Prison officers' leaders demanded a public inquiry yesterday into brutality at Wormwood Scrubs.
The move, which follows a series of reports in The Independent about the often violent regime in the west London prison, increases pressure on David Blunkett, the Home Secretary, to take action.
The Prison Service has so far paid compensation - typically £20,000 - to 25 former or current inmates who alleged that they had been beaten up by officers. Claims by other prisoners are still going through the civil courts.
The Metropolitan Police spent four years investigating more than 100 complaints of brutality by staff at Wormwood Scrubs. Six officers were convicted of brutality, three of whom had their convictions overturned on appeal.
At its annual conference in Southport, the Prison Officers' Association (POA) unanimously passed a motion from its Wormwood Scrubs branch calling for a public inquiry.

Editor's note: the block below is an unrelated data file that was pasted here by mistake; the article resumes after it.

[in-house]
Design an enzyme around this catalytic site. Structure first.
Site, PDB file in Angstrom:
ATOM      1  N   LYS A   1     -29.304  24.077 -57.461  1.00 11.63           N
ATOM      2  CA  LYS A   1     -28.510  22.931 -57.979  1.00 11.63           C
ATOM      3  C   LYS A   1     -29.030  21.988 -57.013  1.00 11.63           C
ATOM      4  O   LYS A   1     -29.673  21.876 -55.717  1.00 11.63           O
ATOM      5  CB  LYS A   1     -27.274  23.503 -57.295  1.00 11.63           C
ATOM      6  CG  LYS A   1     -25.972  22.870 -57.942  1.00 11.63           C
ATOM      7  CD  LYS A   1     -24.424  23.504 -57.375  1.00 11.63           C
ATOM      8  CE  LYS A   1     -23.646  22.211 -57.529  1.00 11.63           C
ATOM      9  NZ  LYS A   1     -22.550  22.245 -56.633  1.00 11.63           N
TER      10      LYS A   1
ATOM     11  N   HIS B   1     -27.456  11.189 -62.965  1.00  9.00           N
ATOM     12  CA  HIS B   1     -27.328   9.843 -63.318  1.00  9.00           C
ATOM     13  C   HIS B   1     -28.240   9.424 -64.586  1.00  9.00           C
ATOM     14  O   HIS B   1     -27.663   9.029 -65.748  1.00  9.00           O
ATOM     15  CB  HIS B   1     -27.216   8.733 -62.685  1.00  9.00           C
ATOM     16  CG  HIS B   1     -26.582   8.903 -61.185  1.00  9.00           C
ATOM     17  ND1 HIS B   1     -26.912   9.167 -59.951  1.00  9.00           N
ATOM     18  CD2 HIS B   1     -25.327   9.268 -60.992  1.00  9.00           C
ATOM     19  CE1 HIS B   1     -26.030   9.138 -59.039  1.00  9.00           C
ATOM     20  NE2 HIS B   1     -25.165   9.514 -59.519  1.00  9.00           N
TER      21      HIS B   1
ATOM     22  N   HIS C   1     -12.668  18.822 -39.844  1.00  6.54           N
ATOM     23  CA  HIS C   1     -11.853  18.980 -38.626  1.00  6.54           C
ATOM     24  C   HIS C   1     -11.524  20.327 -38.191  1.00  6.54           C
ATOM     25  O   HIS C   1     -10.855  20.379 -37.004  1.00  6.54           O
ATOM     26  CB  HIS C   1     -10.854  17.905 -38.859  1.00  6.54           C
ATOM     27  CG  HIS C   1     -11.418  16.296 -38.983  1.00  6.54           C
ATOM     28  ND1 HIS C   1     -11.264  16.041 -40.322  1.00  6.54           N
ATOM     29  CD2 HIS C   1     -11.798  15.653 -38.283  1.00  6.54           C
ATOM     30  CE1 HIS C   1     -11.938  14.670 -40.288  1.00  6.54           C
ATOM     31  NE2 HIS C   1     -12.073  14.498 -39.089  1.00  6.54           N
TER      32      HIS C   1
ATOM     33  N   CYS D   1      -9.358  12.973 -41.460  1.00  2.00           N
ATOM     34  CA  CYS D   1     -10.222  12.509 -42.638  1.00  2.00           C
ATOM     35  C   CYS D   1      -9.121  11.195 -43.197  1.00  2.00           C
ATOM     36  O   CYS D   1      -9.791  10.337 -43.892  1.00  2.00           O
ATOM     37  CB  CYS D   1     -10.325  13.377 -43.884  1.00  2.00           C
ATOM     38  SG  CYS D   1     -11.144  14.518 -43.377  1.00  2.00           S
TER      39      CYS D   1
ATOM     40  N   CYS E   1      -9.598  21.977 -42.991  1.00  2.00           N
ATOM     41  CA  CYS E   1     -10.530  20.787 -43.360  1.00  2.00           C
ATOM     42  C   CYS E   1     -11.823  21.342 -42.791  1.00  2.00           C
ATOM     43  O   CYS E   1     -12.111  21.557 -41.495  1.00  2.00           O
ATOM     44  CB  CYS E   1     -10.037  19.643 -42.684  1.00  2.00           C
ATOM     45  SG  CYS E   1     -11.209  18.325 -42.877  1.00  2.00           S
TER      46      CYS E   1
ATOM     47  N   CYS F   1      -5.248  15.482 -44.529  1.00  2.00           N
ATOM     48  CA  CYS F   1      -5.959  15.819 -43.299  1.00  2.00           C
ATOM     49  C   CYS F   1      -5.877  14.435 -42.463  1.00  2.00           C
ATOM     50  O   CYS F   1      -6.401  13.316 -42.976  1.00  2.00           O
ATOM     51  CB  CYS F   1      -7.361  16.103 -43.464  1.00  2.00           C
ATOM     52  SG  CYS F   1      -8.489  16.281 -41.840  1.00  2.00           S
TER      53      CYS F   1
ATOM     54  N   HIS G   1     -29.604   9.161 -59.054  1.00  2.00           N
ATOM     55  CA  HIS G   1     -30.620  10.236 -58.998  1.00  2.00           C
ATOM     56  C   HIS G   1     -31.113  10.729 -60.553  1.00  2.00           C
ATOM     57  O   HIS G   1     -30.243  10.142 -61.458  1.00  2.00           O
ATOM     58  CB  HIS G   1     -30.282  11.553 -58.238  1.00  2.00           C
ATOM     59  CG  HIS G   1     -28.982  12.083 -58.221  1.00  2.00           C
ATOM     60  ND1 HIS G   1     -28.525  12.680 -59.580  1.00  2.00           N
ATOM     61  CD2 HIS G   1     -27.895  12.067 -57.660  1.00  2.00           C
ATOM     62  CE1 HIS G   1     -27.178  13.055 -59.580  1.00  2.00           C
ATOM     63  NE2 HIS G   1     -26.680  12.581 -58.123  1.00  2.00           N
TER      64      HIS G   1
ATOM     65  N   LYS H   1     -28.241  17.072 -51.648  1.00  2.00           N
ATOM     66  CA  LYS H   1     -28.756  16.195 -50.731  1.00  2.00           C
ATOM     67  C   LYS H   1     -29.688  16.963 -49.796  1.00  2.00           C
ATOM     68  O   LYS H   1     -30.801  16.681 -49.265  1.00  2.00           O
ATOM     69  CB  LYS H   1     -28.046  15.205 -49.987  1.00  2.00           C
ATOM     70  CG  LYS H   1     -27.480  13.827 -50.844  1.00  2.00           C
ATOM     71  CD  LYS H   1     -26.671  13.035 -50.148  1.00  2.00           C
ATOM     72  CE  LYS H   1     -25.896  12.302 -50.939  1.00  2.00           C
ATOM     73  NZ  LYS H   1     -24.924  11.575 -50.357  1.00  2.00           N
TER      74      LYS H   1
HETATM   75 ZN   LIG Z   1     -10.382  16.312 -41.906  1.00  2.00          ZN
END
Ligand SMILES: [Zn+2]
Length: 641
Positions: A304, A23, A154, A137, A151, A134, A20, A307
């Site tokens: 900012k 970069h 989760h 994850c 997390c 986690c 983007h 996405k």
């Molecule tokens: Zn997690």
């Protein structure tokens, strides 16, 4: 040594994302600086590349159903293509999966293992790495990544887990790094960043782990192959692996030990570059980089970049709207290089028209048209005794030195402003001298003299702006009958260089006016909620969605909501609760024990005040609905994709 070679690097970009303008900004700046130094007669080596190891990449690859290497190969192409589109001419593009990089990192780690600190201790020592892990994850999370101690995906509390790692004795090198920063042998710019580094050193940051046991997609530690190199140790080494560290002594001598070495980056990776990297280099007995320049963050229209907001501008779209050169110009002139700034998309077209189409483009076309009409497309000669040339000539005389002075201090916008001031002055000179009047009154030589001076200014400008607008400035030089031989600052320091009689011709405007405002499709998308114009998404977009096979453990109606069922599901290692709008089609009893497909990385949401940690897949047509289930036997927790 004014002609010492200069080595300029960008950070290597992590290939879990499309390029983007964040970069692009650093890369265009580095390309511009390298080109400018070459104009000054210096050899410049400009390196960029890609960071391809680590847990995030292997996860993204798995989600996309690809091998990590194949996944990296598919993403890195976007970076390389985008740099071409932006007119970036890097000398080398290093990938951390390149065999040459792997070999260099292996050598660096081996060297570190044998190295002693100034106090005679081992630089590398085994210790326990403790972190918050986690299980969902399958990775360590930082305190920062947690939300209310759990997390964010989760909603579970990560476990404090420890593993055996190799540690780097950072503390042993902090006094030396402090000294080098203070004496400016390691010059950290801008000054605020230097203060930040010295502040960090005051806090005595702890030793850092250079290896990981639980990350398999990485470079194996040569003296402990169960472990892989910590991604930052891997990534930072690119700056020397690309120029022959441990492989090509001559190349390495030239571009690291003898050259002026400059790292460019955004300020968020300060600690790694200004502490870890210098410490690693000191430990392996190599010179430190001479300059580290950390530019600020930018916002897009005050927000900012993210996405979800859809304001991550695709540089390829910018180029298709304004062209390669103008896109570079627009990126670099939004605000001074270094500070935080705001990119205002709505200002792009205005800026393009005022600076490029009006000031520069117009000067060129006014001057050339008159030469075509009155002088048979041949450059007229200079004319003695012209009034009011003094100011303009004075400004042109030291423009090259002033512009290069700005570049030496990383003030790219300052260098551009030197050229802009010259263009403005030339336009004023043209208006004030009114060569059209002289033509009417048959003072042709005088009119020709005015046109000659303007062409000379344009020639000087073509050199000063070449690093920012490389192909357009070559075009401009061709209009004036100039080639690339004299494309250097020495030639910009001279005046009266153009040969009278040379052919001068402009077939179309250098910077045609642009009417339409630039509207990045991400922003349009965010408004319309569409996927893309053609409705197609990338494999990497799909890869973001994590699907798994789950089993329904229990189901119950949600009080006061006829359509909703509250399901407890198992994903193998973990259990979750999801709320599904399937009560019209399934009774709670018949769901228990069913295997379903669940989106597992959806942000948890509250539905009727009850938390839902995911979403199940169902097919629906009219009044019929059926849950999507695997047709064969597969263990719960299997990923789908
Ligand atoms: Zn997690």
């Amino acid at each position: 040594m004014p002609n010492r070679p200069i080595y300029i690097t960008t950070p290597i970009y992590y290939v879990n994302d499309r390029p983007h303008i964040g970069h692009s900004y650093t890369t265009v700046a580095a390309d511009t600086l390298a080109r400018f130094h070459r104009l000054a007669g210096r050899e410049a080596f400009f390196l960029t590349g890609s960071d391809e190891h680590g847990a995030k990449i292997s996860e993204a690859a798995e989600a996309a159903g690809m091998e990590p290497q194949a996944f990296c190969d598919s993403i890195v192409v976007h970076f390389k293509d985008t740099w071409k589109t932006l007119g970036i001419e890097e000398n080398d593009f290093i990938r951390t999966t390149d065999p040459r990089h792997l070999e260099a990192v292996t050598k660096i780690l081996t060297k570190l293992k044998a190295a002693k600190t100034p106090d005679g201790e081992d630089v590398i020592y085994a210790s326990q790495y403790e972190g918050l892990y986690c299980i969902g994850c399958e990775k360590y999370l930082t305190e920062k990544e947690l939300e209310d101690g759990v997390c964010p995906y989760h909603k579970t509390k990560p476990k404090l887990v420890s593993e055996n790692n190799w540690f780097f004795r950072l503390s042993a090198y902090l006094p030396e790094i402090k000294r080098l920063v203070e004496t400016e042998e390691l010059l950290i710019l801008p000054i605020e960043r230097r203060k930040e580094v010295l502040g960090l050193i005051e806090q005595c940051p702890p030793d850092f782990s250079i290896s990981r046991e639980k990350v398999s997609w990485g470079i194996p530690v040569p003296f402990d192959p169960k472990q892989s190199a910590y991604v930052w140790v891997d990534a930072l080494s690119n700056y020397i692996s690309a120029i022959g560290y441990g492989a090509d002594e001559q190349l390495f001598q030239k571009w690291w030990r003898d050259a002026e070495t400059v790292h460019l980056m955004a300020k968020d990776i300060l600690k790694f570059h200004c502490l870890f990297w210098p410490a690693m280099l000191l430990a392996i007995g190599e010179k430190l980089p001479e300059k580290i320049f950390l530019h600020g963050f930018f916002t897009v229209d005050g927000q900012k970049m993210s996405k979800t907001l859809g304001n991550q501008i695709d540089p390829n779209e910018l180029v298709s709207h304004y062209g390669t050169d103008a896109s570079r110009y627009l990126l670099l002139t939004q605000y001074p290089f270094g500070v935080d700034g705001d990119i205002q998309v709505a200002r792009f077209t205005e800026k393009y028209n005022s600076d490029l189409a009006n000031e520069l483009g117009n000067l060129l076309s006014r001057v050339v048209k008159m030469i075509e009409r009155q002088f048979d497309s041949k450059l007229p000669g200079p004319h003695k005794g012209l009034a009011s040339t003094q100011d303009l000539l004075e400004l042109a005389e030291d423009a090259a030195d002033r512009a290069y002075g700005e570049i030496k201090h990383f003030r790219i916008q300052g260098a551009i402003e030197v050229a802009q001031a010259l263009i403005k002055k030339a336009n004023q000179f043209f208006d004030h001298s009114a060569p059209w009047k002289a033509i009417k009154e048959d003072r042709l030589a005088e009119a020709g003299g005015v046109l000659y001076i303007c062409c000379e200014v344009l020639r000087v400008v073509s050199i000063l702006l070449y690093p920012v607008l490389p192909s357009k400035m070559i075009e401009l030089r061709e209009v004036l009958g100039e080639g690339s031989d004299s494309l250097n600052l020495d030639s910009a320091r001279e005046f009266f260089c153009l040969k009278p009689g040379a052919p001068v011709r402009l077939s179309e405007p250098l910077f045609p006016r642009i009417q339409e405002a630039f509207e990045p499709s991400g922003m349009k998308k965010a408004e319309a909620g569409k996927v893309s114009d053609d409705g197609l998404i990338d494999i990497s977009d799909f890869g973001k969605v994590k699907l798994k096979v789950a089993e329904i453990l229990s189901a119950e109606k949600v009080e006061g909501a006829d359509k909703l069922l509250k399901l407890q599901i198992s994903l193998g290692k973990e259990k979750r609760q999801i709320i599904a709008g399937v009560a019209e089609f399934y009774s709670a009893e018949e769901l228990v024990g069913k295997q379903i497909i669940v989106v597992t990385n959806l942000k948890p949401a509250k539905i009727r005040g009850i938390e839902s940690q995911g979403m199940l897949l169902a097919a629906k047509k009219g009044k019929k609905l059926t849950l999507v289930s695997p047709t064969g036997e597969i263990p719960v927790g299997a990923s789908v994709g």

A POA spokesman said the union backed the move because it had nothing to hide. He said: "Huge amounts of police resources were spent on inquiries into alleged criminal acts. Ninety-nine per cent resulted in absolutely no action whatsoever against members of staff."
He said that the Prison Service had kept an internal inquiry under wraps and he demanded it be published.
Daniel Machover, of the London solicitors Hickman and Rose, which has represented many of the claimants, backed the POA's call. "Nothing on the scale of what happened in Wormwood Scrubs has occurred in a British prison. But a few lessons from it have yet to been learned. It's getting to several years from the main events and these issues are still pressing," he said.
The Home Office has resisted calls for an inquiry because some legal action was still active. A Prison Service spokesman said: "We have received representations and we are considering them."Reuse content